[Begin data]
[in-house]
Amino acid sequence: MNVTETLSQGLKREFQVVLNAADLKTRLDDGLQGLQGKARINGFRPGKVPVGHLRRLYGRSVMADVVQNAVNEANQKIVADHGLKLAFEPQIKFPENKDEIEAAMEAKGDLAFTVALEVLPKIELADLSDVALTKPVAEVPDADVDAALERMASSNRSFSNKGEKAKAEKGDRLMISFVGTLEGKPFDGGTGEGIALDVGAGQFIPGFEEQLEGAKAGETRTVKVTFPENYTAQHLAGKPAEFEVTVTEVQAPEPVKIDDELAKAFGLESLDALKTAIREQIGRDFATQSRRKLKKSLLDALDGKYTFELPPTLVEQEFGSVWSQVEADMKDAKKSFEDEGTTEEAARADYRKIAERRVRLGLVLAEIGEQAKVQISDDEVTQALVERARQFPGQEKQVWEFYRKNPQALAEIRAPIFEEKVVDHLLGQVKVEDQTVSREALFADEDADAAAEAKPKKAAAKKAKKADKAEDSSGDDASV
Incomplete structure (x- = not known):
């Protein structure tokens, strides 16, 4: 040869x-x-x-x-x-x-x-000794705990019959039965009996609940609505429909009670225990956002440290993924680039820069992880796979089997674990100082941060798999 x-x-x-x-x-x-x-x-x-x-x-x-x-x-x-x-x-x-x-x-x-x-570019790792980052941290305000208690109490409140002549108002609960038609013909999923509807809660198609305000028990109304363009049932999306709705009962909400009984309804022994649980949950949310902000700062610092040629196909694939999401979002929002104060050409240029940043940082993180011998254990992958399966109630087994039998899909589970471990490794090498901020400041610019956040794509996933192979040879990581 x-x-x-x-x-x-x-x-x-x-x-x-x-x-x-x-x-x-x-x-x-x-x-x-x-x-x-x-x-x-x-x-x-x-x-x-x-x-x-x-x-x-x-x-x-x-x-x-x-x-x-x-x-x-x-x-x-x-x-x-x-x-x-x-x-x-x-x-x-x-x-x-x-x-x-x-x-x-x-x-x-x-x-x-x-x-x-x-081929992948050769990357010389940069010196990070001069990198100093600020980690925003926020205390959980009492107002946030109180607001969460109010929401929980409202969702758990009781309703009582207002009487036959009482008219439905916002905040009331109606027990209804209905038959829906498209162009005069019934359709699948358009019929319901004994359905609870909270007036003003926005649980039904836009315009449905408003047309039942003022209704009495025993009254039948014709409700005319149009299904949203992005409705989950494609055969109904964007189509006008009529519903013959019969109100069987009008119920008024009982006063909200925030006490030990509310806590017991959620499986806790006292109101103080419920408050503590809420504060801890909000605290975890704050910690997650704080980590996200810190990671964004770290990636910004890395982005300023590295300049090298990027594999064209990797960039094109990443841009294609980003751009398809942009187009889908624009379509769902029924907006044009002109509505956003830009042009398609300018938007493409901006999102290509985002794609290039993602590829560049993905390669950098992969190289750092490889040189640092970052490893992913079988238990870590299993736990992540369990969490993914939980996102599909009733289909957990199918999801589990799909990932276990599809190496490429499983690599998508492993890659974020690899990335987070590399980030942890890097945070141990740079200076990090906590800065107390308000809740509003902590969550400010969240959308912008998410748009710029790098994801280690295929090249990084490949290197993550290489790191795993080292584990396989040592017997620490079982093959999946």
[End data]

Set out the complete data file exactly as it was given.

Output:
[in-house]
Amino acid sequence: MNVTETLSQGLKREFQVVLNAADLKTRLDDGLQGLQGKARINGFRPGKVPVGHLRRLYGRSVMADVVQNAVNEANQKIVADHGLKLAFEPQIKFPENKDEIEAAMEAKGDLAFTVALEVLPKIELADLSDVALTKPVAEVPDADVDAALERMASSNRSFSNKGEKAKAEKGDRLMISFVGTLEGKPFDGGTGEGIALDVGAGQFIPGFEEQLEGAKAGETRTVKVTFPENYTAQHLAGKPAEFEVTVTEVQAPEPVKIDDELAKAFGLESLDALKTAIREQIGRDFATQSRRKLKKSLLDALDGKYTFELPPTLVEQEFGSVWSQVEADMKDAKKSFEDEGTTEEAARADYRKIAERRVRLGLVLAEIGEQAKVQISDDEVTQALVERARQFPGQEKQVWEFYRKNPQALAEIRAPIFEEKVVDHLLGQVKVEDQTVSREALFADEDADAAAEAKPKKAAAKKAKKADKAEDSSGDDASV
Incomplete structure (x- = not known):
């Protein structure tokens, strides 16, 4: 040869x-x-x-x-x-x-x-000794705990019959039965009996609940609505429909009670225990956002440290993924680039820069992880796979089997674990100082941060798999 x-x-x-x-x-x-x-x-x-x-x-x-x-x-x-x-x-x-x-x-x-x-570019790792980052941290305000208690109490409140002549108002609960038609013909999923509807809660198609305000028990109304363009049932999306709705009962909400009984309804022994649980949950949310902000700062610092040629196909694939999401979002929002104060050409240029940043940082993180011998254990992958399966109630087994039998899909589970471990490794090498901020400041610019956040794509996933192979040879990581 x-x-x-x-x-x-x-x-x-x-x-x-x-x-x-x-x-x-x-x-x-x-x-x-x-x-x-x-x-x-x-x-x-x-x-x-x-x-x-x-x-x-x-x-x-x-x-x-x-x-x-x-x-x-x-x-x-x-x-x-x-x-x-x-x-x-x-x-x-x-x-x-x-x-x-x-x-x-x-x-x-x-x-x-x-x-x-x-081929992948050769990357010389940069010196990070001069990198100093600020980690925003926020205390959980009492107002946030109180607001969460109010929401929980409202969702758990009781309703009582207002009487036959009482008219439905916002905040009331109606027990209804209905038959829906498209162009005069019934359709699948358009019929319901004994359905609870909270007036003003926005649980039904836009315009449905408003047309039942003022209704009495025993009254039948014709409700005319149009299904949203992005409705989950494609055969109904964007189509006008009529519903013959019969109100069987009008119920008024009982006063909200925030006490030990509310806590017991959620499986806790006292109101103080419920408050503590809420504060801890909000605290975890704050910690997650704080980590996200810190990671964004770290990636910004890395982005300023590295300049090298990027594999064209990797960039094109990443841009294609980003751009398809942009187009889908624009379509769902029924907006044009002109509505956003830009042009398609300018938007493409901006999102290509985002794609290039993602590829560049993905390669950098992969190289750092490889040189640092970052490893992913079988238990870590299993736990992540369990969490993914939980996102599909009733289909957990199918999801589990799909990932276990599809190496490429499983690599998508492993890659974020690899990335987070590399980030942890890097945070141990740079200076990090906590800065107390308000809740509003902590969550400010969240959308912008998410748009710029790098994801280690295929090249990084490949290197993550290489790191795993080292584990396989040592017997620490079982093959999946």